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Thanks Joe, kinda synopsized and clarified a lot of whirling dervish kind of thoughts that I was having. You explained one thing that I wasnt sure of. Why everyone kept talking about the importance of rebalancing. But till now, no one ever said WHY you did that. It has to do with goals and risk tolerance. Simple and straight forward. I am learning pretty rapidly but still have SO much to learn. Sometimes in the face of a bit of low grade resistance from my family( but I have noticed that they usually dont mind helping enjoy the benefits of my new "hobby" when the benefits are reaped....ROFL).

Thanks again,
Magique Darkayne
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FWIW, CSCO was one of the recent "losers" in my annual portfolio re-balance. As hard as it was to do it, I went with the "If you were buying with new money today, would you ever buy this stock?" approach. I wouldn't, so I ditched it in favor of another. "Dear John, it's very difficult for me to write this note to you. I feel brief is probably best, so I'll just say it: I've met another ticker, and we're in love."

Sigh. Hurts to sell something at a loss, but then again, at least I don't have to deal with the weekly annoyance of watching it sputter around at (for me) a 65% loss...

Onward!
Tamarian
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As hard as it was to do it, I went with the "If you were buying with new money today, would you ever buy this stock?" approach. I wouldn't, so I ditched it in favor of another.

That should be the ONLY approach. If you don't like the company's chances anymore, sell it (take the CG loss if you qualify, but don't let the absence of that stop you) and buy something you believe in.

Now, say you do still believe in the stock. THEN it would be more beneficial to keep your devalued shares, because from this point forward you would be better off making that money back, than an equal amount back on a new stock (which you'll owe capital gains on.)

It all comes down to believing in the stock, NOT holding on because you can't stand to admit you were wrong.

- Tom
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If you have capital gains to offset, I'd always say it's a no-regrets move to take as big a capital loss as you have in Cisco. If you want to hold your position in CSCO, you can do one of two things, depending on your short-term time horizon:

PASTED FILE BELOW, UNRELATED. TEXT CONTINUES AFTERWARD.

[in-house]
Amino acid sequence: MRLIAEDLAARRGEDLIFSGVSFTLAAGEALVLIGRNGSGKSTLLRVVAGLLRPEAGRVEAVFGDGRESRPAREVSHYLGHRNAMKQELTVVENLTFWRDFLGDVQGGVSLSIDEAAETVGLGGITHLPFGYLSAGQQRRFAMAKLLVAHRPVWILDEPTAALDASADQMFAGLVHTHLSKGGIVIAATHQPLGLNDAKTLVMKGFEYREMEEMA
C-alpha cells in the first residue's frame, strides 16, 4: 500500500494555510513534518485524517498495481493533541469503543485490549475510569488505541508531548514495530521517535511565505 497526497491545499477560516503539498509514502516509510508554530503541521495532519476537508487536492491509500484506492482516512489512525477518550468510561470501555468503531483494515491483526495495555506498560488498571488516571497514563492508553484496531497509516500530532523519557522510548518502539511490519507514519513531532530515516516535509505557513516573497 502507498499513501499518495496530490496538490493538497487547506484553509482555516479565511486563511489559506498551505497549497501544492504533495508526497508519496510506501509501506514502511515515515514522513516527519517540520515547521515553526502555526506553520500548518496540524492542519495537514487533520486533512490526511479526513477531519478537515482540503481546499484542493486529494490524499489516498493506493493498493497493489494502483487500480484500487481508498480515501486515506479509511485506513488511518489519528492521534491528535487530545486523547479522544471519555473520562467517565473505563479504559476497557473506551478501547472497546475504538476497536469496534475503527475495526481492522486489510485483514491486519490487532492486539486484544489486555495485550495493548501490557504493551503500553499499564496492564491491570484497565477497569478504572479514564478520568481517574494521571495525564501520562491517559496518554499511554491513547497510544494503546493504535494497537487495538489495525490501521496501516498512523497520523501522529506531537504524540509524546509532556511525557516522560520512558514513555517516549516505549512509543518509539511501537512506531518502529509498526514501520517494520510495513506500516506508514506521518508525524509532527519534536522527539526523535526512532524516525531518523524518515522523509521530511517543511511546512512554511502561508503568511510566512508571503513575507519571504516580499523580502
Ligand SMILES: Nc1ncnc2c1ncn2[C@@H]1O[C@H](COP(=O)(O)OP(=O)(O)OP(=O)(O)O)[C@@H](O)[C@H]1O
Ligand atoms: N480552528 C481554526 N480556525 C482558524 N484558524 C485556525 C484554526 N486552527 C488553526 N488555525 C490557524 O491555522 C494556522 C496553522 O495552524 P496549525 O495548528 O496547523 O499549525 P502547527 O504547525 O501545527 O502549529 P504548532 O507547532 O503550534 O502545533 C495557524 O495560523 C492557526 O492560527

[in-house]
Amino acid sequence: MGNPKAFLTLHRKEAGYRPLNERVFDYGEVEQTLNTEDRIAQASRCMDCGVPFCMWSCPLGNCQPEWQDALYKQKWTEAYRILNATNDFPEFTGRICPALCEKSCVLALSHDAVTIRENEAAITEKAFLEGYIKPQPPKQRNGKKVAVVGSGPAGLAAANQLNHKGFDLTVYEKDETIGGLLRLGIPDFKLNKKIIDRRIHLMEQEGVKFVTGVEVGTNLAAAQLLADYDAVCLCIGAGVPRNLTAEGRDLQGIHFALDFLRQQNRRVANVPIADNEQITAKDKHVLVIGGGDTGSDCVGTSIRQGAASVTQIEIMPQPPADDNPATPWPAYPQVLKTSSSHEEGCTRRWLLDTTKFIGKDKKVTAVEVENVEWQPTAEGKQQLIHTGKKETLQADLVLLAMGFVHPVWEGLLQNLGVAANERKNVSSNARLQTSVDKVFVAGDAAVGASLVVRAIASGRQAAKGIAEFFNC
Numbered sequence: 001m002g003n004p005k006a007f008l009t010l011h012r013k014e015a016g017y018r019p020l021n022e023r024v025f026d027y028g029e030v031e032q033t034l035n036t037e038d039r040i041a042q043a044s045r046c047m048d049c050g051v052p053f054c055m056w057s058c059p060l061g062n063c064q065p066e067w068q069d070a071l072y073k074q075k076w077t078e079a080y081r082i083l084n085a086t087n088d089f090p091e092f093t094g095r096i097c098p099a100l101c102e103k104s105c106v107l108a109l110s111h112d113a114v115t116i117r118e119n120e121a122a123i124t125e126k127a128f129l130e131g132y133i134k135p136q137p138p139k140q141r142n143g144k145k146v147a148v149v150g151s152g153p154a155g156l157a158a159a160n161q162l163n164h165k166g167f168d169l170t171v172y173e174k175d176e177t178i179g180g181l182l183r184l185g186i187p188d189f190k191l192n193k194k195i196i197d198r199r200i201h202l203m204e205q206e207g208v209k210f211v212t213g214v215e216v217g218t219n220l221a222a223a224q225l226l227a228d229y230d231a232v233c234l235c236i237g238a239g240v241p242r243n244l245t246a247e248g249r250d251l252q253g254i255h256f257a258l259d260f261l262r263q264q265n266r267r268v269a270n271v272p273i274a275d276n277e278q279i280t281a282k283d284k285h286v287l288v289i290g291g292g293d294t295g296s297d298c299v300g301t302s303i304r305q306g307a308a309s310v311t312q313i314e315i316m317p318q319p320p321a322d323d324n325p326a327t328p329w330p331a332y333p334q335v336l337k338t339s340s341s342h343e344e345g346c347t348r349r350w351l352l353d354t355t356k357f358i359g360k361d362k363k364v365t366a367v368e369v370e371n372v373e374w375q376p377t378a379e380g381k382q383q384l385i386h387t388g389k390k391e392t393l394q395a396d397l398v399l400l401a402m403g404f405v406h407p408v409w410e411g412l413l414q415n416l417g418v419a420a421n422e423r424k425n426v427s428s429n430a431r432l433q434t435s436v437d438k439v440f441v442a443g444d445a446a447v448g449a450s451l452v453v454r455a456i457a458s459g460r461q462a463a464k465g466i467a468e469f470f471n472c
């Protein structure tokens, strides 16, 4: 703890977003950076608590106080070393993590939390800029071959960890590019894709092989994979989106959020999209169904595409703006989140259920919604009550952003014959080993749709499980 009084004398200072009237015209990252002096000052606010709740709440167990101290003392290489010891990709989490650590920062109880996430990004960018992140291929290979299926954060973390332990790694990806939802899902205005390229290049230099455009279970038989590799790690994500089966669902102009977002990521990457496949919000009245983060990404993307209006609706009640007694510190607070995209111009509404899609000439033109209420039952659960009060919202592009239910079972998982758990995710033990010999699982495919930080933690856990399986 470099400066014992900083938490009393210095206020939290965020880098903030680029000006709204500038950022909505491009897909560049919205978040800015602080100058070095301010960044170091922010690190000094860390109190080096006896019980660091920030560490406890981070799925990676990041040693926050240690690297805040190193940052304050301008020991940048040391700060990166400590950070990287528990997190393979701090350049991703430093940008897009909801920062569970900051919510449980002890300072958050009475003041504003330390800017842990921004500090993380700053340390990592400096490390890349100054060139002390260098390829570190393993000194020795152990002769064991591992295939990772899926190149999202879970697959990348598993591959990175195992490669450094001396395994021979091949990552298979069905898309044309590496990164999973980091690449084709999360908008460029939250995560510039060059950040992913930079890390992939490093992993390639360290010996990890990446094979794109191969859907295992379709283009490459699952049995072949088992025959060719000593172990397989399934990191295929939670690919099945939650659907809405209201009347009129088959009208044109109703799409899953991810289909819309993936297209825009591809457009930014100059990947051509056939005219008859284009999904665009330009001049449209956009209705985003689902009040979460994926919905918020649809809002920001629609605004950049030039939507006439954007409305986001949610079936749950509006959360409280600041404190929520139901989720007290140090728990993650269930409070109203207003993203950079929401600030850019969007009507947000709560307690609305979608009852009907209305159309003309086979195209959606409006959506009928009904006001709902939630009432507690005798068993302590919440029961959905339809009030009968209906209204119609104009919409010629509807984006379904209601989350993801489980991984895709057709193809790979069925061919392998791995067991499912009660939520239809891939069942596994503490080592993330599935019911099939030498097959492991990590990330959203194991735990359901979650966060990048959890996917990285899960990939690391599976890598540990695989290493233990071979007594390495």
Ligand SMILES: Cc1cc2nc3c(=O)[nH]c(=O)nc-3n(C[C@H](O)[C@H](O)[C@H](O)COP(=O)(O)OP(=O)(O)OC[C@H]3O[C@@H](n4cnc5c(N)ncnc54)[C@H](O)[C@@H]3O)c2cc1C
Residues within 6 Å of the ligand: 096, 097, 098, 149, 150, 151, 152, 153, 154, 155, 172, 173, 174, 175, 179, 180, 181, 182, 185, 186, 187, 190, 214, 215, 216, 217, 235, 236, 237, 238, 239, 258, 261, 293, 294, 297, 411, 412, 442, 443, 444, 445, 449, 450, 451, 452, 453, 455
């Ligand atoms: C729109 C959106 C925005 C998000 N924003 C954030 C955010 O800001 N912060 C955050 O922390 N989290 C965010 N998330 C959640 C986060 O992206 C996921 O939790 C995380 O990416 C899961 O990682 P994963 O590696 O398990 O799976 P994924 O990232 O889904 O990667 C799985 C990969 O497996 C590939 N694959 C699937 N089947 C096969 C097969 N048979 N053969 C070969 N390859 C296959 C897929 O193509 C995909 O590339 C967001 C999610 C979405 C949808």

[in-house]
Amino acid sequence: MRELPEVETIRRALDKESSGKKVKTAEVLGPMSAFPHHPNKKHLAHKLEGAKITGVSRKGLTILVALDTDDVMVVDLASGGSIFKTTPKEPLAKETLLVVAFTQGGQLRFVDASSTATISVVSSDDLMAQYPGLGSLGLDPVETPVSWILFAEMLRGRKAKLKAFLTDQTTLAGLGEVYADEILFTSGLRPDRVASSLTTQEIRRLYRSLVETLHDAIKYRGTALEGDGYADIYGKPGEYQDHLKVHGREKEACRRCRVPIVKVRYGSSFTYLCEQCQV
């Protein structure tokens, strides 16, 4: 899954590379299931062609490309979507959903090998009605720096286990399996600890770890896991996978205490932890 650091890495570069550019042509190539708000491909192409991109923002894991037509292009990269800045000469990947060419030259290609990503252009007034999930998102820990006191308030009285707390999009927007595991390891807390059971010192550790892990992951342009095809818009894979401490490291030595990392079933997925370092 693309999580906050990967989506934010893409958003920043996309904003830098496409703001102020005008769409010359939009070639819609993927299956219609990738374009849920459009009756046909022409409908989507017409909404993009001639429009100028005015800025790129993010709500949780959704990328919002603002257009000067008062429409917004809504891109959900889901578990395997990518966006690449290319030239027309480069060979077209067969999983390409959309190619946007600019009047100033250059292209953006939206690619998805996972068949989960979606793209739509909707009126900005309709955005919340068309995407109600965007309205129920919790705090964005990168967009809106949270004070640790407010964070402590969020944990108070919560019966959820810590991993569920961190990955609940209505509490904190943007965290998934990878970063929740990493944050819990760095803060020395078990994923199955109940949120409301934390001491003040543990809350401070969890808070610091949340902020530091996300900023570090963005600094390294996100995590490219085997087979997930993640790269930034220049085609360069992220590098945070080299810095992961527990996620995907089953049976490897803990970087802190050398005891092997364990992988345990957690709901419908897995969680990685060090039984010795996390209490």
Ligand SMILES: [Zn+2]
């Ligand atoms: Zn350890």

(1) Sell your position in CSCO and re-buy it after 30 days.
(2) Buy an equal number of shares as you currently own in CSCO, and sell your current shares in 30 days to realize the loss (this requires some cash and/or liquidity, but note that you should be able to borrow the money, at today's low rates, and deduct the interest paid from your taxes (assuming it doesn't exceed your total investment income in 2002)).

I won't advocate which is better between 1 & 2, as I think short-term forecasting is very difficult, to say the least. But I wanted to note that you do have the option of taking either up- or downside risk over the 30 days. And you may want to spread your sales out over time to mitigate against short-term price movements.

I followed both options last year, taking losses in some of my large-cap tech holdings (e.g., LU, SUNW, CSCO, ORCL, YHOO) to offset gains realized elsewhere. With a couple exceptions (in which I decided not to re-buy), I hold the same positions today that I held then, and I didn't lose on any of these (but you can -- like the Rule Breaker portfolio when taking its tax loss on HGSI).

IMPORTANT NOTE: If you don't have/expect enough capital gains to offset the overall capital loss that you will realize in CSCO, don't sell any more than you'll be able to offset, unless you have a new opinion of CSCO (I'd go to that message board for advice on that stock). There's no point in loaning the government your money (indeed, for that reason, many people hold off on realizing these losses until the fall).
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ROFL Tam. Loved that dear John letter. So far havent really had such an experience(my worst was buying Merck at 58)and avoided the .com stocks entirely until picking up a share of microsoft for the 14 year old at his insistence. But it is a good case in point. grin

Magique